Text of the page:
VAN HORN: I say that is a conversation that we have not had in America. At some point we’re going to have to have an honest conversation about our limited resources and our limited capacity to provide unbounded medical care to every single person. I believe in a civilized society that some basic level of healthcare services is appropriate. But right now, we have not bounded that conversation.
In a book called An American Sickness, the physician-journalist Elisabeth Rosenthal describes the industrialization of U.S. healthcare. It’s a fascinating story, with many twists. Between the rise of employer-based insurance and the passage of Medicare and Medicaid in the 1960’s, healthcare was increasingly paid for by a third party, someone other than the patient. This lack of transparency led hospitals to start charging more — but those increases didn’t last forever. Insurers and employers — with the encouragement of the federal government — tried to bring down those rising hospital costs.
Until around the mid-1980’s, hospitals were fairly free to set the prices they charged Medicare; but Medicare eventually established its own price list: a hip replacement would be reimbursed at X dollars, a coronary artery bypass surgery at Y dollars. This led hospitals to adjust in at least two ways. The first was to push higher costs, when feasible, onto uninsured patients or patients with slim coverage. Hospitals also started hiring M.B.A.’s and consultants to treat their business more like a business. This brings us to where we are today, with 38 percent of Americans covered by Medicare or Medicaid, and more than 50 percent who get insurance through their employer. The current trend is for a lot of these employers to drive down insurance costs by doing the job themselves.
MAKARY: A lot of businesses today are saying, “Why do we have insurance?”
That, again, is Marty Makary.
MAKARY: Apple has over $100 billion in cash reserves.
That was true when we interviewed Makary; Apple now has nearly $200 billion in cash.
MAKARY: Why do they need a company to protect them from high-priced bills? So what you’re seeing now is a trend towards self-insuring. And what you’re seeing is that employers like HEB are already fixing healthcare on a small scale.
HEB is a Texas supermarket chain.
Martin OTTO: I believe that we’re the largest private employer in the state of Texas.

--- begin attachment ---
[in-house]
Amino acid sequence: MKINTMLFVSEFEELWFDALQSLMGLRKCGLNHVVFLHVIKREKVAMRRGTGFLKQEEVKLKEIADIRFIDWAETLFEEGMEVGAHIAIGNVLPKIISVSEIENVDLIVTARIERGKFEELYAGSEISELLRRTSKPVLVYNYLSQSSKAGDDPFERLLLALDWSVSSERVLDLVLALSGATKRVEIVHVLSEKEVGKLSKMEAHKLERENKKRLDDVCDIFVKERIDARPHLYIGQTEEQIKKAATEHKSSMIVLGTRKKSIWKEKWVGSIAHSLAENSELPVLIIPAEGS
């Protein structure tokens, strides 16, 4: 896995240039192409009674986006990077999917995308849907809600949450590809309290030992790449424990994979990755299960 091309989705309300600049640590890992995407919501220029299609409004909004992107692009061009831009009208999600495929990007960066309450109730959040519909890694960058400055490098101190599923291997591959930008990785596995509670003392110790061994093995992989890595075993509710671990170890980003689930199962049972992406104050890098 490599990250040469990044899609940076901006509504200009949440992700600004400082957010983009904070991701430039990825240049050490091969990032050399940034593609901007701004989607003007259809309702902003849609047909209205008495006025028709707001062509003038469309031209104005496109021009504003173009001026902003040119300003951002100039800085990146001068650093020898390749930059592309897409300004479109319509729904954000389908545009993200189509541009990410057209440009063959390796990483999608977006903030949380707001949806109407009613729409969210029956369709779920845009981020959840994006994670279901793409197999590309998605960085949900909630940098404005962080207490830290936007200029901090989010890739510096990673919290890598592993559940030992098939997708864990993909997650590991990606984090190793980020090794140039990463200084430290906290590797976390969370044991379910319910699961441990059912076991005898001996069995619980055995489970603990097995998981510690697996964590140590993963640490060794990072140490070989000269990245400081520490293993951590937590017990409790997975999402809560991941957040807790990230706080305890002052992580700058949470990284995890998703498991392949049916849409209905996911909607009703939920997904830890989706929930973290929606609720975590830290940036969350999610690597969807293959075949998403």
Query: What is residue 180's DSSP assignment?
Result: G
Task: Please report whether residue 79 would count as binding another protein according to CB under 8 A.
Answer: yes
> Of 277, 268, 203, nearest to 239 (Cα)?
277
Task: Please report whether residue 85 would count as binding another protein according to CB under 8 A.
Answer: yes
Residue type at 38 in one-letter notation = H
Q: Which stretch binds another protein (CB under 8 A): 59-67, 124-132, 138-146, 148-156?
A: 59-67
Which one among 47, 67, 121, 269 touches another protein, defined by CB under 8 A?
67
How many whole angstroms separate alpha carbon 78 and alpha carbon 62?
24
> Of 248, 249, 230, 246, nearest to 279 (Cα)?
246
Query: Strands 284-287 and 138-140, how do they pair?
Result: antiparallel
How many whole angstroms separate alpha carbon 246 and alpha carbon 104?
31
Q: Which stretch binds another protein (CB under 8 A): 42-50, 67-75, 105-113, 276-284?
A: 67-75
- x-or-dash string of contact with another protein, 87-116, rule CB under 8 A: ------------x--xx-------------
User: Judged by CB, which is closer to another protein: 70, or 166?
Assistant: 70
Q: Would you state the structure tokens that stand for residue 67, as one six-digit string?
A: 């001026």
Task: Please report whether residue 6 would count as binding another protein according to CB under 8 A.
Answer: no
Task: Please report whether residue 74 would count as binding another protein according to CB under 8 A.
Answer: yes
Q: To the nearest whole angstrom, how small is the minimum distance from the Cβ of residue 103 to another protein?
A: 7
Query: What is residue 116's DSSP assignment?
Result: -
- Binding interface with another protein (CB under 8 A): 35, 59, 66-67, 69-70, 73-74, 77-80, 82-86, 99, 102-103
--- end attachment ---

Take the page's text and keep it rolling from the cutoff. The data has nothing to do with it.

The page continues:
OTTO: So by being self-insured, we basically put together through what’s called a third-party administrator a network of physicians and hospitals to whom our partners can go for service.
“Partners” is what HEB calls its employees.
OTTO: Relative to what most plans offer, ours covers a higher percentage of cost than most of them do. And the type of healthcare services that are provided, it’s very complete. So it’s all of your healthcare needs, dental needs, eye-care needs. If somebody has mental health requirements, those are covered.
It may strike you as unfortunate, or at least inefficient, that a company that sells groceries has to simultaneously master the art of healthcare coverage. But, according to Marty Makary, for a company like HEB it’s worth it.
MAKARY: They take care of their own employees in their own clinics and they have their own pharmacy plan because they have their own pharmacies. So they’ve successfully managed the care of their own individuals.
More companies are starting to self-insure, especially larger firms, and there are strong incentives to eliminate the insurance middleman — financial incentives, for one, but also the desire to keep employees happy and productive. HEB, with its user-friendly healthcare coverage, is perennially ranked as one of the best places to work in the U.S. In any case, healthcare insurance — no matter how a given person gets it — is the entry point for just about everyone in the U.S. healthcare system, since insurance is the model we’ve settled on to pay for healthcare.
VAN HORN: We are in a world of insurance.
Larry Van Horn again.
VAN HORN: We’ve devolved to a world of prepaid medical care, much of which we don’t value. And prices, given the lack of economic tension of having the individual in play, have really come off the rails.
What does Van Horn mean by the individual not being “in play”? Well, consider how healthcare procedures and prices typically work:
VAN HORN: I go to see my primary-care doc and I have a cough and he says, “You know, Larry, I think you should go downstairs and have a chest x-ray.” And I go down and have a chest x-ray, takes me three minutes, all’s well and good. And billed $397, net of contractual allowance, comes out to $197. And I have a $197 bill in my hand that I have to pay. When across the street, it’s a $54 cash transaction. That’s a problem.
MAKARY: When there are no prices and people are charged after the fact through an intermediary, like an employer or their insurance, we see a tremendous amount of price gouging.
That’s Marty Makary.
MAKARY: And most hospitals try to do the right thing. But there are instances when Americans are routinely gouged without even knowing it. Imagine eating a hamburger at a restaurant with no prices and then afterwards they give you a bill, and the bill’s for $5,000. After you’ve digested the hamburger. You’d say that is a system that preys on people who come in hungry. In healthcare, we are supposed to be an institution to serve the sick and injured. We’re supposed to be there for people at a time when they’re most vulnerable. And what concerns me about the price gouging and predatory billing in medicine today is that it is eroding the great public trust in the medical profession.
Having healthcare insurance doesn’t necessarily protect you from exorbitant billing. The Yale economist Zack Cooper studies what’s called surprise billing.